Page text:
Posttranslational modification with ubiquitin-related proteins of the SUMO (small ubiquitin-related modifier) family is an essential mechanism in most eukaryotes. It regulates fate and function of many target proteins by changing their interactions with other macromolecules (reviewed in Hay, 2005
; Geiss-Friedlander and Melchior, 2007
; Wilkinson and Henley, 2010
). Covalent attachment of SUMO requires an enzymatic cascade consisting of a single E1-activating enzyme (see below), a single E2-conjugating enzyme (Ubc9), and one of several E3 ligases that facilitate transfer of SUMO from Ubc9 to the substrate. Specific SUMO isopeptidases make this modification reversible and highly dynamic (reviewed in Kim and Baek, 2009
). The majority of known SUMO targets are nuclear proteins, and, consistent with this, most of the known SUMO enzymes are enriched in this compartment.
The SUMO E1-activating enzyme is a heterodimer consisting of the two subunits: Aos1 (SAE1) and Uba2 (SAE2) (Dohmen et al.
; Johnson et al.
; Desterro et al.
; Gong et al.
; Okuma et al.
). Aos1 resembles the N-terminal, and Uba2 the C-terminal, part of the ubiquitin E1 enzyme (Lois and Lima, 2005
; Schulman and Harper, 2009
). In addition, Uba2 contains a C-terminal extension of ~80 amino acids. This region contains a cluster of basic amino acids reminiscent of a classical nuclear localization signal (NLS), and its deletion in Saccharomyces cerevisiae
leads to cytoplasmic mislocalization (Dohmen et al.
). Although S. cerevisiae
Uba2) is essential, partial or complete deletion of its C-terminal extension has only minor or no growth defects (Dohmen et al.
; del Olmo et al.
; Lois and Lima, 2005
). Consistent with this, SUMOylation patterns are largely unchanged (Lois and Lima, 2005
). One possible explanation for this finding is that sufficient levels of Uba2 still reach the nuclear compartment, for example, in association with Aos1. This is consistent with the finding that some Uba2 was still present in the yeast nuclei (Dohmen et al.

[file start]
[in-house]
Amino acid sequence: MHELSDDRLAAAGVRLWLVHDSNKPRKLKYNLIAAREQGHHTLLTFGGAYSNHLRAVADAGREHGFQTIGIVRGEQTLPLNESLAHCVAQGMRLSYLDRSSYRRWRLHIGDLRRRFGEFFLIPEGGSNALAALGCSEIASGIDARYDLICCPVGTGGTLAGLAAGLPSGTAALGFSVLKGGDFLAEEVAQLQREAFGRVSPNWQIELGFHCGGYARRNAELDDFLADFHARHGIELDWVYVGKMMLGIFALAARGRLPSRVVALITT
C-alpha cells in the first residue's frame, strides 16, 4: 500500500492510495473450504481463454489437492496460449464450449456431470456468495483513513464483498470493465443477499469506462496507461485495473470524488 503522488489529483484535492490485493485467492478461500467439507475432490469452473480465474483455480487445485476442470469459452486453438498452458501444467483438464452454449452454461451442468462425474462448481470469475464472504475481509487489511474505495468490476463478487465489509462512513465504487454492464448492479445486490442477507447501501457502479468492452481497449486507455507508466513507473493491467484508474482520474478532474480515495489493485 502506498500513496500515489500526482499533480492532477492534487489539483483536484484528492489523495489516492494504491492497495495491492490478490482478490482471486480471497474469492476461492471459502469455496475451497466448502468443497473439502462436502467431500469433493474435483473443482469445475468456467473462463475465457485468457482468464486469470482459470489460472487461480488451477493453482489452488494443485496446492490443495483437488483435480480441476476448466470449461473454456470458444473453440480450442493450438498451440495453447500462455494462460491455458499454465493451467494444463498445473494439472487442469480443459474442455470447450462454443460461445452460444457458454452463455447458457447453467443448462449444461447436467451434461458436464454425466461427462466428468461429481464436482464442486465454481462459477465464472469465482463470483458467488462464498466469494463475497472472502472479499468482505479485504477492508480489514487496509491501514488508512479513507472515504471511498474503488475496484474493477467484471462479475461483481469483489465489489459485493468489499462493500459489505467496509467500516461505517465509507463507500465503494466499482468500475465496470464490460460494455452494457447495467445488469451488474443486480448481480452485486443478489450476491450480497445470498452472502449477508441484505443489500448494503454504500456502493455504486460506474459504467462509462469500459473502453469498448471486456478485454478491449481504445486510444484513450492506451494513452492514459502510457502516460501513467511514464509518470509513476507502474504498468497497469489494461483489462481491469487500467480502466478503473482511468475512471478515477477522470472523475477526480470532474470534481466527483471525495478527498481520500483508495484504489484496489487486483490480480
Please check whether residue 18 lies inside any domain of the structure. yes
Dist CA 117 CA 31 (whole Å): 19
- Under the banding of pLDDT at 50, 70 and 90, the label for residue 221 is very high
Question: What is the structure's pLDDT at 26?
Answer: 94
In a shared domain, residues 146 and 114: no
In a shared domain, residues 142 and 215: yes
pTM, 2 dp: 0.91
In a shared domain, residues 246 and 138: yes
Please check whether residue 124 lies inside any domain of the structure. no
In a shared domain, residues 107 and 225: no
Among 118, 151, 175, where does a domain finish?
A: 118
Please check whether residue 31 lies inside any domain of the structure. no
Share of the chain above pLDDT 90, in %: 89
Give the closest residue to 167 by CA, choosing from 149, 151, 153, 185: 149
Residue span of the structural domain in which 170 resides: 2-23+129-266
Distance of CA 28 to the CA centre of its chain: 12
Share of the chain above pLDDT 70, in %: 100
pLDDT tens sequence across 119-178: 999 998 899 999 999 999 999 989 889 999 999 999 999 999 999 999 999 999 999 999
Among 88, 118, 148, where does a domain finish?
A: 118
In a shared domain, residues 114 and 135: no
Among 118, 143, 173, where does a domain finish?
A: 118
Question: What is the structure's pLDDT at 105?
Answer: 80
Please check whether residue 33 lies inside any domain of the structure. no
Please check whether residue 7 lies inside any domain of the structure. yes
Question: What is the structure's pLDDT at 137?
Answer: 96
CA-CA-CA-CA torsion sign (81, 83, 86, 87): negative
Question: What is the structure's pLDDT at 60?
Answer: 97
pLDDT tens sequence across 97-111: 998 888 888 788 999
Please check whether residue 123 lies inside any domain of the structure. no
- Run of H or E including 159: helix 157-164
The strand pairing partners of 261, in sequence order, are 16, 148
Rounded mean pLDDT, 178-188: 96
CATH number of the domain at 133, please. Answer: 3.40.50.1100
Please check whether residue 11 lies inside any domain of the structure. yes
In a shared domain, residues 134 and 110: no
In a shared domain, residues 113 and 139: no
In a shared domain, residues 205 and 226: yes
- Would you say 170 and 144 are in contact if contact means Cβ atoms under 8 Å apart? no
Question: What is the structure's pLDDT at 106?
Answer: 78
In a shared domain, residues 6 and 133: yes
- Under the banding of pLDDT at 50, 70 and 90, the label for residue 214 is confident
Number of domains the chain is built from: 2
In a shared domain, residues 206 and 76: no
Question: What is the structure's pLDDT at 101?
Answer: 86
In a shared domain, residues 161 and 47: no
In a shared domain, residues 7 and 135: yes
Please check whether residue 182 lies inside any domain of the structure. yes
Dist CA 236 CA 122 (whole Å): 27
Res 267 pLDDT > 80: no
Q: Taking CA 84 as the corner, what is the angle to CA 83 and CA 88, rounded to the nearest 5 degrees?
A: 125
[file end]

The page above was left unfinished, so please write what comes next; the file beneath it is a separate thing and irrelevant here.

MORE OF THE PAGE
). An NLS in Aos1, however, has not been described, and it is unknown whether the SUMO E1 enzyme heterodimer assembles before or after nuclear import. To gain insights into these questions, we decided to characterize the nuclear import of mammalian SUMO E1 subunits and of the holo-enzyme.
Translocation of proteins through nuclear pore complexes (NPCs) is mediated by import and export receptors and requires the GTPase Ran (reviewed in Mattaj and Englmeier, 1998
; Fried and Kutay, 2003
; Weis, 2003
; Pemberton and Paschal, 2005
; Conti et al.
; Stewart, 2007
). Whereas nuclear import via classical NLSs (one or two short clusters of basic amino acids; first identified in SV40 large T antigen [Kalderon et al.
] and in nucleoplasmin [Robbins et al.
], respectively) is mediated by importin β together with the adaptor protein importin α (Adam and Gerace, 1991
; Gorlich et al.
; Moroianu et al.
; Weis et al.
), cargos bearing a nonclassical NLS (e.g., an M9 [Siomi and Dreyfuss, 1995
], BIB [Jäkel and Gorlich, 1998
], or RS domain [Kataoka et al.
; Lai et al.
]) can directly interact with distinct members of the importin β family.
Here we show that Aos1 and Uba2 have distinct functional NLSs and demonstrate that the Uba2 NLS is required for import of the holo-enzyme. Importin α/β functions as the main transport receptor for both individual subunits and the assembled E1 enzyme.